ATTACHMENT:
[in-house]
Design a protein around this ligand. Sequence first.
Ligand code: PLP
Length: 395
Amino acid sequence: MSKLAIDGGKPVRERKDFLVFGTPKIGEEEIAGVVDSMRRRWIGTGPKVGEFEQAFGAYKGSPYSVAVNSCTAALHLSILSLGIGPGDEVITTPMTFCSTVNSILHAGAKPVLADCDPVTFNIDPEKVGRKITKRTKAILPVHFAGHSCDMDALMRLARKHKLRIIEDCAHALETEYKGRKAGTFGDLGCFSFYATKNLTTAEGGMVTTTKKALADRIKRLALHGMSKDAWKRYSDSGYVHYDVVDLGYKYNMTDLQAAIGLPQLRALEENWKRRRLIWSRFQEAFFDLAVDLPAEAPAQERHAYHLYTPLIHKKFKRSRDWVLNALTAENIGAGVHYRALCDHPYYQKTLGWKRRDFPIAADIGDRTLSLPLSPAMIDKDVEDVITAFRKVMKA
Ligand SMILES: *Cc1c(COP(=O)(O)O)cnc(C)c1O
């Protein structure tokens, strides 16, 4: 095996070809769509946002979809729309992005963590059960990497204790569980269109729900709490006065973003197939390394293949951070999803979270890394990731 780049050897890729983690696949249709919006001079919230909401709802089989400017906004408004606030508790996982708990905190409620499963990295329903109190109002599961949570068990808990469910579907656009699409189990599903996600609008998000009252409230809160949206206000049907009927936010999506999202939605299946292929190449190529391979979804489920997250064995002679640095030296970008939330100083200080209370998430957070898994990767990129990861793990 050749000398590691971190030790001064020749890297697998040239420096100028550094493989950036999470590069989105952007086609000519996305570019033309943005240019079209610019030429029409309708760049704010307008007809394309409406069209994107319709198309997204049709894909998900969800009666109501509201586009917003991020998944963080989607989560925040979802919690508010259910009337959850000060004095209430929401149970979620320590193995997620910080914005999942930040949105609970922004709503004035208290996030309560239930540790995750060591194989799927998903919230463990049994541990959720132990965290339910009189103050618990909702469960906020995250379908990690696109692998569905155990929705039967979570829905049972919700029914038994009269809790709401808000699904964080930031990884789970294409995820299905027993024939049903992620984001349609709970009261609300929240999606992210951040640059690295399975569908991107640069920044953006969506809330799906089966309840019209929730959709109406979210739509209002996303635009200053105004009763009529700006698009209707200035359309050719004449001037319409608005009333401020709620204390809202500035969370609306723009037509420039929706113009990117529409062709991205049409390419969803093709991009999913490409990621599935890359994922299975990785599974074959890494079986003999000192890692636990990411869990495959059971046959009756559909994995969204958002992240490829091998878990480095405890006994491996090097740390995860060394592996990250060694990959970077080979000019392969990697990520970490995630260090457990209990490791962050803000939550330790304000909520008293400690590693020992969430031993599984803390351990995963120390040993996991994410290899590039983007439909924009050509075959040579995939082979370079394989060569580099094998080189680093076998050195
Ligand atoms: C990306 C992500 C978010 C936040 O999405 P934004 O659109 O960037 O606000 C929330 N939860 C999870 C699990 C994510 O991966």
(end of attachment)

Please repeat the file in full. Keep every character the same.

[in-house]
Design a protein around this ligand. Sequence first.
Ligand code: PLP
Length: 395
Amino acid sequence: MSKLAIDGGKPVRERKDFLVFGTPKIGEEEIAGVVDSMRRRWIGTGPKVGEFEQAFGAYKGSPYSVAVNSCTAALHLSILSLGIGPGDEVITTPMTFCSTVNSILHAGAKPVLADCDPVTFNIDPEKVGRKITKRTKAILPVHFAGHSCDMDALMRLARKHKLRIIEDCAHALETEYKGRKAGTFGDLGCFSFYATKNLTTAEGGMVTTTKKALADRIKRLALHGMSKDAWKRYSDSGYVHYDVVDLGYKYNMTDLQAAIGLPQLRALEENWKRRRLIWSRFQEAFFDLAVDLPAEAPAQERHAYHLYTPLIHKKFKRSRDWVLNALTAENIGAGVHYRALCDHPYYQKTLGWKRRDFPIAADIGDRTLSLPLSPAMIDKDVEDVITAFRKVMKA
Ligand SMILES: *Cc1c(COP(=O)(O)O)cnc(C)c1O
């Protein structure tokens, strides 16, 4: 095996070809769509946002979809729309992005963590059960990497204790569980269109729900709490006065973003197939390394293949951070999803979270890394990731 780049050897890729983690696949249709919006001079919230909401709802089989400017906004408004606030508790996982708990905190409620499963990295329903109190109002599961949570068990808990469910579907656009699409189990599903996600609008998000009252409230809160949206206000049907009927936010999506999202939605299946292929190449190529391979979804489920997250064995002679640095030296970008939330100083200080209370998430957070898994990767990129990861793990 050749000398590691971190030790001064020749890297697998040239420096100028550094493989950036999470590069989105952007086609000519996305570019033309943005240019079209610019030429029409309708760049704010307008007809394309409406069209994107319709198309997204049709894909998900969800009666109501509201586009917003991020998944963080989607989560925040979802919690508010259910009337959850000060004095209430929401149970979620320590193995997620910080914005999942930040949105609970922004709503004035208290996030309560239930540790995750060591194989799927998903919230463990049994541990959720132990965290339910009189103050618990909702469960906020995250379908990690696109692998569905155990929705039967979570829905049972919700029914038994009269809790709401808000699904964080930031990884789970294409995820299905027993024939049903992620984001349609709970009261609300929240999606992210951040640059690295399975569908991107640069920044953006969506809330799906089966309840019209929730959709109406979210739509209002996303635009200053105004009763009529700006698009209707200035359309050719004449001037319409608005009333401020709620204390809202500035969370609306723009037509420039929706113009990117529409062709991205049409390419969803093709991009999913490409990621599935890359994922299975990785599974074959890494079986003999000192890692636990990411869990495959059971046959009756559909994995969204958002992240490829091998878990480095405890006994491996090097740390995860060394592996990250060694990959970077080979000019392969990697990520970490995630260090457990209990490791962050803000939550330790304000909520008293400690590693020992969430031993599984803390351990995963120390040993996991994410290899590039983007439909924009050509075959040579995939082979370079394989060569580099094998080189680093076998050195
Ligand atoms: C990306 C992500 C978010 C936040 O999405 P934004 O659109 O960037 O606000 C929330 N939860 C999870 C699990 C994510 O991966």